WASC Adviser and Shark Biologist, Author and Sharks for Life Founder Erik Brush published a book titled “The Sixth Extinction” which tells the non-fictional story of a dying planet earth due to the extinction of sharks and the chain reaction this would kick off.
I highly recommend purchasing and reading this book!
Below is a brief explanation from some of Erik’s brilliant work and a link to his site where you can order his books:
The Great Australian Bight is a feeding and probable breeding ground for these Sharks and as they mature they make their way up the coast in search of prey, honing and practicing the hunting skills these sharks are going to need to survive in maturity.
It is also thought that these Shark follow Live export vessels due to the smell of urine,blood and faeces trailing the ships as they traverse the Great Australian Bight on the way to Fremantle to finish loading before heading across Indian Ocean to their destination.
These ships do dump deceased animals ( after being ground up and jettisoned) and Sharks are known to be able to identify ships and vessels by noises and smells.
Great White Sharks would regularly trail Western Australia’s SW whaling vessels and you can read more of this here: http://www.wascgroup.com/?page_id=63
As i write this news has come to light that drumlines have been redeployed this morning and the hunt for this Shark continues. This is despite the fact that these Sharks are known to travel vast distances in a matter of hours and though some Great White Sharks do show some site fidelity in certain locations, this shark is quite likely over 120km’s away.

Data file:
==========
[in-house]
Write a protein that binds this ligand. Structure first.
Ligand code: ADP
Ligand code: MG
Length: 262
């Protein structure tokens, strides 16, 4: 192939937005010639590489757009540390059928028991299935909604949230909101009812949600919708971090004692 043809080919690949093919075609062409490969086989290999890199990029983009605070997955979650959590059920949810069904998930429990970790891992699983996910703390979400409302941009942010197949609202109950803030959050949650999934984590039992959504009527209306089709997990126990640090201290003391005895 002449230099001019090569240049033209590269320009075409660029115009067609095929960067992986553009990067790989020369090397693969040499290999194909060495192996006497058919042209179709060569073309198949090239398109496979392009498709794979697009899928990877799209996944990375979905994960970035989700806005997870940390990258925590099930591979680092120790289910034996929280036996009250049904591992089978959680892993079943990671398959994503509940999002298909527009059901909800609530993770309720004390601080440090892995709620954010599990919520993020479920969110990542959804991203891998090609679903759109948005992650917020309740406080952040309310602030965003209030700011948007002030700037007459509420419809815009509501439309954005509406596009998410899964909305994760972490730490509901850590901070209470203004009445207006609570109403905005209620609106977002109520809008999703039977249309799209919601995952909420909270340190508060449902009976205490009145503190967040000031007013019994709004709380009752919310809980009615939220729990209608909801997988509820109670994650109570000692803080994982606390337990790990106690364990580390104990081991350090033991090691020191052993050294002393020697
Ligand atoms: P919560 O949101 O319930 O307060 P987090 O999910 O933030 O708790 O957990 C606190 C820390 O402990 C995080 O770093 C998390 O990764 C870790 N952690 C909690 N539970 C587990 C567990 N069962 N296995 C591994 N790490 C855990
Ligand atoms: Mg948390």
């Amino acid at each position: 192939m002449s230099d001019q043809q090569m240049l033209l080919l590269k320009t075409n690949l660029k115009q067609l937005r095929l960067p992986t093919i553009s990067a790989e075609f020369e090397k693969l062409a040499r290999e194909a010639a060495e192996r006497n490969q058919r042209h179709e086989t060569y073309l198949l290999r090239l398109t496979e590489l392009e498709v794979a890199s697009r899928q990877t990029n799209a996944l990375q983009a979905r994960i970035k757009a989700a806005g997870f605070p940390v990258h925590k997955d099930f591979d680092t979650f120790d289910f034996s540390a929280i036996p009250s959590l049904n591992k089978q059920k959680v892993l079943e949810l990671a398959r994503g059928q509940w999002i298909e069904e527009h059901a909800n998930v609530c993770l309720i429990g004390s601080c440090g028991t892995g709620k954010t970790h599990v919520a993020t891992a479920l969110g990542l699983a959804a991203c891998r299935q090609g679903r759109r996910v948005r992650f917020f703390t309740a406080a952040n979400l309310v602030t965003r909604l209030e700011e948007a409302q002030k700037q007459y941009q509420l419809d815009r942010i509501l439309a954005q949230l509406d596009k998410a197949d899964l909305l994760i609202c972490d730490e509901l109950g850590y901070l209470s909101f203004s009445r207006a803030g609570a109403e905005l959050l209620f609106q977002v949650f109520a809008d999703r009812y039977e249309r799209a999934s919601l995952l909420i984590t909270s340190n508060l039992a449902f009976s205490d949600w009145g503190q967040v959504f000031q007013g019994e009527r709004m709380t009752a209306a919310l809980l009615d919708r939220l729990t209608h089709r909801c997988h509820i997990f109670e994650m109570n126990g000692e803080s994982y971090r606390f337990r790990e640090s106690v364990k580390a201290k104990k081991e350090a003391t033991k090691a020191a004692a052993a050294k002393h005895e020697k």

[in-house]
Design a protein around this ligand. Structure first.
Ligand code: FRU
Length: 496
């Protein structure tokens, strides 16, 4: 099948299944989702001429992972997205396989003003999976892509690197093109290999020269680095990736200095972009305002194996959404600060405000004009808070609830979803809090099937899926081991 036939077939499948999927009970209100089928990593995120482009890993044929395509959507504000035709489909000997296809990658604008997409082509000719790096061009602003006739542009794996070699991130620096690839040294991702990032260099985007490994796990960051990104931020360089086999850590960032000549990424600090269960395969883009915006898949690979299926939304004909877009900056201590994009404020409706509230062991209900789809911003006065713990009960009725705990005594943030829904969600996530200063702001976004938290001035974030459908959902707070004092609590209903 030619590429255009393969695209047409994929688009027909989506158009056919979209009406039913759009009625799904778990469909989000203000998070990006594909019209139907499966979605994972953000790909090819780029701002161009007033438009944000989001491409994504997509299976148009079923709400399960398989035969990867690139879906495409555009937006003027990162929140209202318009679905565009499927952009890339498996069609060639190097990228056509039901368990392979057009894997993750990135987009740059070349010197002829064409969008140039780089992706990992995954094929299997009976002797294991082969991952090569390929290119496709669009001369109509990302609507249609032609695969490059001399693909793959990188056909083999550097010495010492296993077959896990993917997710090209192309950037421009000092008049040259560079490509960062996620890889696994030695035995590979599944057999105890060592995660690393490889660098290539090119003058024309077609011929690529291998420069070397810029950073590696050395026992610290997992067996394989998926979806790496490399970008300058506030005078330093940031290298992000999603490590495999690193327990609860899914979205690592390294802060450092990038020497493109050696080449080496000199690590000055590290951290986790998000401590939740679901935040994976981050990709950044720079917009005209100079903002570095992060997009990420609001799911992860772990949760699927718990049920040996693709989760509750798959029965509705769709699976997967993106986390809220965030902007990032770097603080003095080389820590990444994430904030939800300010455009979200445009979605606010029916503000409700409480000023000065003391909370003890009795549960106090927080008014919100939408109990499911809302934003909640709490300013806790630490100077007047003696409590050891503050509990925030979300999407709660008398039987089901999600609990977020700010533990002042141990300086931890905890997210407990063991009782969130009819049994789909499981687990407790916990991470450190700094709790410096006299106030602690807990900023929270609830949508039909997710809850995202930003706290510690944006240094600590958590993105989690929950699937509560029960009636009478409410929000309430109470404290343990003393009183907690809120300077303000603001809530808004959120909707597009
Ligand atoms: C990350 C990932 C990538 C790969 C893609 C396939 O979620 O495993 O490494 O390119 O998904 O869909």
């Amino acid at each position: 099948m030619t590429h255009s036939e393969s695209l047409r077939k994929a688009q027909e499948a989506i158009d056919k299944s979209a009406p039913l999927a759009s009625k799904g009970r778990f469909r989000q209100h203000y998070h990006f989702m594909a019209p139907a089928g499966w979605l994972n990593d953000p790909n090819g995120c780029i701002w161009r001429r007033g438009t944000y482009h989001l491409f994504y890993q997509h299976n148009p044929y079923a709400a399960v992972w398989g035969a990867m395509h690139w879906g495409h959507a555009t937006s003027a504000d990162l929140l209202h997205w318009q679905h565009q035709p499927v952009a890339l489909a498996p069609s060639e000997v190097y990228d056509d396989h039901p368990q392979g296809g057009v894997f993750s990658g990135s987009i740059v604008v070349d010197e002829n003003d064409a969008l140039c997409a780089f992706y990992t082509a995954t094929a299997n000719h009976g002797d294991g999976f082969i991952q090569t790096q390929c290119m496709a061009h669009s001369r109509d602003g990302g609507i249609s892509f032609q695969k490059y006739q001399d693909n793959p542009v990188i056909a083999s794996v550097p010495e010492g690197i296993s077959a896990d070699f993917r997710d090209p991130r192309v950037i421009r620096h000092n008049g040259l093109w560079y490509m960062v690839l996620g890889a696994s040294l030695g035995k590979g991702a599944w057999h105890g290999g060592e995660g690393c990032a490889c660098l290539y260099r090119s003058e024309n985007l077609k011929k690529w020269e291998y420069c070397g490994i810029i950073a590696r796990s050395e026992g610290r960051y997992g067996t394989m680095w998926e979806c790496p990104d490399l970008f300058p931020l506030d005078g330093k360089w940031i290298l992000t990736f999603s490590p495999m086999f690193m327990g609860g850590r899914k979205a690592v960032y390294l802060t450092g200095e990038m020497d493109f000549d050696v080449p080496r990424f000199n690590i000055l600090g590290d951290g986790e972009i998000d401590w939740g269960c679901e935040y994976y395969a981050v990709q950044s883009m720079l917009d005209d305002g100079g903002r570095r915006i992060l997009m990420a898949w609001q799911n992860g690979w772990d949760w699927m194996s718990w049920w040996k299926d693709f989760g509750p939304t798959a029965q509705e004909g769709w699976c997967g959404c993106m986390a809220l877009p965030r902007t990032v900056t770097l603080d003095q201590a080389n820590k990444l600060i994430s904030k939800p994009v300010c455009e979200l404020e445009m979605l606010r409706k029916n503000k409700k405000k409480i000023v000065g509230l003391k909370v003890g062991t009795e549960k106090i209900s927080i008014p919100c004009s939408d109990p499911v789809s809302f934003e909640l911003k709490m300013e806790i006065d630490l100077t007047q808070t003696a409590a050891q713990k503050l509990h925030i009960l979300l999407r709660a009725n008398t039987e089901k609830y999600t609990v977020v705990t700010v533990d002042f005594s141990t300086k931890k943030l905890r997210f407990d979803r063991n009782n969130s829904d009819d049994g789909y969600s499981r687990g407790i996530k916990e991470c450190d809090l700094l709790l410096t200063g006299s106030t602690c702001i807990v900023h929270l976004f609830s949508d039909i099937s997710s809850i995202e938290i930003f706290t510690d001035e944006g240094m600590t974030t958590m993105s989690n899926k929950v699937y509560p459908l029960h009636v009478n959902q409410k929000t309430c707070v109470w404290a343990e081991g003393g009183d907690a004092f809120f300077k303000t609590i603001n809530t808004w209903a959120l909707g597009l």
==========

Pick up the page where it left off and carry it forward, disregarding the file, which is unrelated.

Lisa Clack Shark Response unit spokeswomen herself stated at the last press release I attended that these Sharks can cruise at an average speed of around 4km’s per hour, though stats on this vary.
WASC would like to acknowledge the approach taken by the Western Australian Fisheries department in regard to the proposed killing of this Shark. For the first time we are seeing and hearing both Spokesman Tony Cappelutti and Lisa Clack state that the Shark may not even be found let alone killed if caught.
Should a Great White Shark be caught WASC and other conservation groups both nationally and internationally will rally in opposition and shine an international spotlight on this disgraceful policy.
However should the State Fisheries Department change their focus and operations from a “Catch and kill order” perspective to a “Catch and Tag order” operation we would be fully supportive and commend the change as a step in the right direction.
Western Australians for Shark Conservation are not opposed or against W.A Fisheries but opposed to the slaughter of endangered Sharks.
At the end of the day the problem here in Western Australia boils down to the decision makers in power, Premier Colin Barnett, Fisheries Minister Troy Buswell and Director General Stuart Smith.